Last but not least, addiction treatment centers that accept Obamacare, Medicare, and Medicaid plans should prepare to help more patients access quality care. They should also keep up with the CMS billing requirements to ensure compliance and minimize delays of reimbursements which could otherwise hurt service delivery.

What You Need to Know for PHP Insurance Billing in 2021

A partial Hospitalization Program (day hospitalization) is a structured day program providing several hours of therapy and necessary skill-building groups daily. Participants in a daily PHP routine go back home each night. The program can last for a week or up to six months.

PHP treatment programs closely resemble a highly structured but short-term hospital inpatient program. It’s more intense than psychosocial rehabilitation or outpatient day treatment. We have prepared this article to provide general guidelines for insurance billing for PHP.

Behavioral Health Levels of Care

Behavioral health facilities provide four types of services needed by patients that insurance companies may reimburse. These include:

  1. Hospital-based inpatient programs where patients need medical monitoring, nursing care, or other behavioral health services requiring 24/7 treatment.
  2. Residential treatment programs (RTC) are a form of sub-acute facility-based monitoring that offers other behavioral health services.
  3. Partial hospital programs (PHP) provide services in an ambulatory setting and often require 20 hours per week.
  4. Intensive outpatient programs (IOP) where patients get behavioral health services for nine to 19 hours per week (adults) and at least six hours for children and adolescents.

Insurance Billing for PHP in a Nutshell

PHP services receive insurance reimbursement for an all-inclusive per diem payment, including services used in the program or the lesser charges. It includes all disciplines and services such as therapies, social workers, psychiatric nurses, dieticians, occupational therapists, and licensed addiction counsellors.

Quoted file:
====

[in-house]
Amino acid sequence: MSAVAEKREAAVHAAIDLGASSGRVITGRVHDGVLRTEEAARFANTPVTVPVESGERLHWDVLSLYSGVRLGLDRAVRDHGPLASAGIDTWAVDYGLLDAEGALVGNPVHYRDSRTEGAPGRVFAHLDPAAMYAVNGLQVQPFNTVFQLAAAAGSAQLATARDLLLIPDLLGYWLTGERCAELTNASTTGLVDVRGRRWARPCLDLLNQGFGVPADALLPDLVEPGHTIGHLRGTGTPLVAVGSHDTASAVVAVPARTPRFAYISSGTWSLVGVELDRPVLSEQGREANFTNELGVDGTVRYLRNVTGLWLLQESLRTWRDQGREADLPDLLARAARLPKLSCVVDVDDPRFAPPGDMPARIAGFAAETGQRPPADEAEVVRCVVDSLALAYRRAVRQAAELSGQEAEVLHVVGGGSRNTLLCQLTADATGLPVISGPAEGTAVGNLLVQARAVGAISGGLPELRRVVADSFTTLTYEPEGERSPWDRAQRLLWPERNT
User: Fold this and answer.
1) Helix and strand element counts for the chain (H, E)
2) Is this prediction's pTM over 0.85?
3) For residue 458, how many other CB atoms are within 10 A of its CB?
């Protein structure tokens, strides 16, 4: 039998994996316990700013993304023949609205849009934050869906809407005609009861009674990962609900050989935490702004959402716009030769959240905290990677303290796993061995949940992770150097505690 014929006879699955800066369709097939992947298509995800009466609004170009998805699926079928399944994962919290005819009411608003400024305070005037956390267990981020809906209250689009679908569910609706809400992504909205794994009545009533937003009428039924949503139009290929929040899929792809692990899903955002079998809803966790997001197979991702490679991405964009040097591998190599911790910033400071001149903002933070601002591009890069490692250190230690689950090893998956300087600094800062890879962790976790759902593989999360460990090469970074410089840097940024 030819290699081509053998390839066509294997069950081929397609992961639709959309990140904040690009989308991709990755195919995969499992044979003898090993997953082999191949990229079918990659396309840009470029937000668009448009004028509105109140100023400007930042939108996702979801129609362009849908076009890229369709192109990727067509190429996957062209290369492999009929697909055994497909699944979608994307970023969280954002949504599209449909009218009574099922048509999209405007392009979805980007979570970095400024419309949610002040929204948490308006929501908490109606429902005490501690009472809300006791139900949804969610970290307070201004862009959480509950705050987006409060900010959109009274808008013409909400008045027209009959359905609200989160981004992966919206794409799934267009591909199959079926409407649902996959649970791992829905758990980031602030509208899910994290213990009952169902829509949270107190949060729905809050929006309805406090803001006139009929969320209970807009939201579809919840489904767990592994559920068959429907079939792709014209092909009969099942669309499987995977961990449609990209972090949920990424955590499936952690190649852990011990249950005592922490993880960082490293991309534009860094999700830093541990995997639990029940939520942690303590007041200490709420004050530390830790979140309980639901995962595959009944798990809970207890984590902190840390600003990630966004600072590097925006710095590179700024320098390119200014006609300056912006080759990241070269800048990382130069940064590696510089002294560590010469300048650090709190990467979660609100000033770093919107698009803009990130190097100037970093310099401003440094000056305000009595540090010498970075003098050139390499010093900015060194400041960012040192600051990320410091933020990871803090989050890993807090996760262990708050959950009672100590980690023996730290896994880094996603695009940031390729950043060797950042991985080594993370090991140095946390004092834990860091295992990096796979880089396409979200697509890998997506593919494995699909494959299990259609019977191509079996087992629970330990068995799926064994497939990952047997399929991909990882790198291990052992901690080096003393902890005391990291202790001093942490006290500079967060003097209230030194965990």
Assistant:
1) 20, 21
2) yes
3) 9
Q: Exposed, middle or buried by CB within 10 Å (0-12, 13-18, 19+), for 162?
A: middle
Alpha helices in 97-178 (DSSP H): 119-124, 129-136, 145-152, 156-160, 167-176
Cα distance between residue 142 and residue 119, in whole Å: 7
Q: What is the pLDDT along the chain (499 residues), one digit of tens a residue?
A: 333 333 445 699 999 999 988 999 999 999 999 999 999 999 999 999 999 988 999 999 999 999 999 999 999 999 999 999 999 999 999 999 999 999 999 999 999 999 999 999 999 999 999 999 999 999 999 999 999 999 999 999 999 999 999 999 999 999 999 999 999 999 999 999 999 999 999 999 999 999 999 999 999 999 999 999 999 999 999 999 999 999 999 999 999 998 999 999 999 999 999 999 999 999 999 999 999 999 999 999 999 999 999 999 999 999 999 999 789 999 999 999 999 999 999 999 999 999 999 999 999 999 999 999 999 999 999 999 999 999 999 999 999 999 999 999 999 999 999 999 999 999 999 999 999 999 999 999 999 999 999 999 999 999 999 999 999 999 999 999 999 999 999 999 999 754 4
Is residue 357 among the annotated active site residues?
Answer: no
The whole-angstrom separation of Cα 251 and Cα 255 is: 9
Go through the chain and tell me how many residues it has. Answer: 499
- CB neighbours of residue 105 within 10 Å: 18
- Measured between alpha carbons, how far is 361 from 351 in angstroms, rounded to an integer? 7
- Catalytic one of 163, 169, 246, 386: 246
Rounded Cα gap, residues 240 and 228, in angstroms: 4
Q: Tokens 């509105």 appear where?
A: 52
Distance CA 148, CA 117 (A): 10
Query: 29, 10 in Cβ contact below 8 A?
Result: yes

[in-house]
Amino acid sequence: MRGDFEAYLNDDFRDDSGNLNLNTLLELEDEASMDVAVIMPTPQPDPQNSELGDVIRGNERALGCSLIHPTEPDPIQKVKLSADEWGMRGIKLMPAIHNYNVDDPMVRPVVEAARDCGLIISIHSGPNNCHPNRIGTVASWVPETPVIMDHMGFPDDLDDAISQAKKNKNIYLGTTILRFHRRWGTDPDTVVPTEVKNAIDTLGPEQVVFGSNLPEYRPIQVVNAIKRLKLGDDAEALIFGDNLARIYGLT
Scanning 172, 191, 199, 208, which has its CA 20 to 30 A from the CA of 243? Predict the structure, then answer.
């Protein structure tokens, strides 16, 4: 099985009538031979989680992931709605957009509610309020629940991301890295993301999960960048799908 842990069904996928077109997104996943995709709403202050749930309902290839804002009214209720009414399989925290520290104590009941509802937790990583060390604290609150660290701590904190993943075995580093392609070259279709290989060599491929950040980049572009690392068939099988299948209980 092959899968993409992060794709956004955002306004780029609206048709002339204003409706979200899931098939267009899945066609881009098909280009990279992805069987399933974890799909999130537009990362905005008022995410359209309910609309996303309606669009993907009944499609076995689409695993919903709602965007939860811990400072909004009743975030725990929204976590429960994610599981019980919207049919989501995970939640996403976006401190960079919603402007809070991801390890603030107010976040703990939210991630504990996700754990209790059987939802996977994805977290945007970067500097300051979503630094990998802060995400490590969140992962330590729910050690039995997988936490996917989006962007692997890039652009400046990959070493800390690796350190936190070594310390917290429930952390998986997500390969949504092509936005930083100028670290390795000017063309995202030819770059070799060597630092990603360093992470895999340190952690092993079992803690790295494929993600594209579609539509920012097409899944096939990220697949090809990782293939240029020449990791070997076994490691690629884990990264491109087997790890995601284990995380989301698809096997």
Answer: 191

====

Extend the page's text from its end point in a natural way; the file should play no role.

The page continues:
Psychologists, psychiatrists, psychiatrist physician assistants, and psychiatric nurse practitioners may bill separately on a CMS-1500 Claim Form if they provide services outside of a treatment program, for example, individual therapy, E&M services, or psychological testing. Additionally, appropriately licensed providers can bill separately for labs or psychiatric diagnostic evaluations.

Providers cannot bill Family or group counseling in addition to PHP.

Instructions for Insurance Billing for PHP

Facilities provide different substance use and psychiatric service levels with various licensure types. Each care level requires specific coding and billing information to determine appropriate reimbursement. Below is the insurance billing for PHP guide on the UB-04 Claim Form.

Psychiatric Services

Facility or Service Type

Bill Type

Revenue Code

Level

HCPCS

PHP

131

0912

Full day

H0035

PHP

131

0912

Eating Disorder Program

S9485

 

Substance Use Services

Facility or Service Type

Bill Type

Revenue Code

HCPCS

PHP

131

0912

S9475

 

Billing Limitations and Exclusions

When insurers consider reimbursement, payment determination is subject to the following:

  • Individual or group benefit
  • Provider Participation Agreement
  • Mandated or legislative-required criteria always supersede
  • Routine claim editing logic that includes but not limited to mutually exclusive or incidental logic and medical necessity

If the insurance provider participates based on member benefits, then coinsurance, co-payment and deductible apply.

Does Medicare Cover PHP?

Medicare could cover PHP programs if a Medicare-certified CMHC or a hospital outpatient department provides them. Medicare does not cover psychosocial programs that provide only socialization, vocational rehabilitation, or a structured environment. A program comprised primarily of social, recreational, or diversionary activity does not constitute a PHP.

Patients that meet benefit category requirements for PHP Medicare coverage comprise of two groups:

  • Those discharged from inpatient hospital treatment programs where PHP is in place of a continued inpatient treatment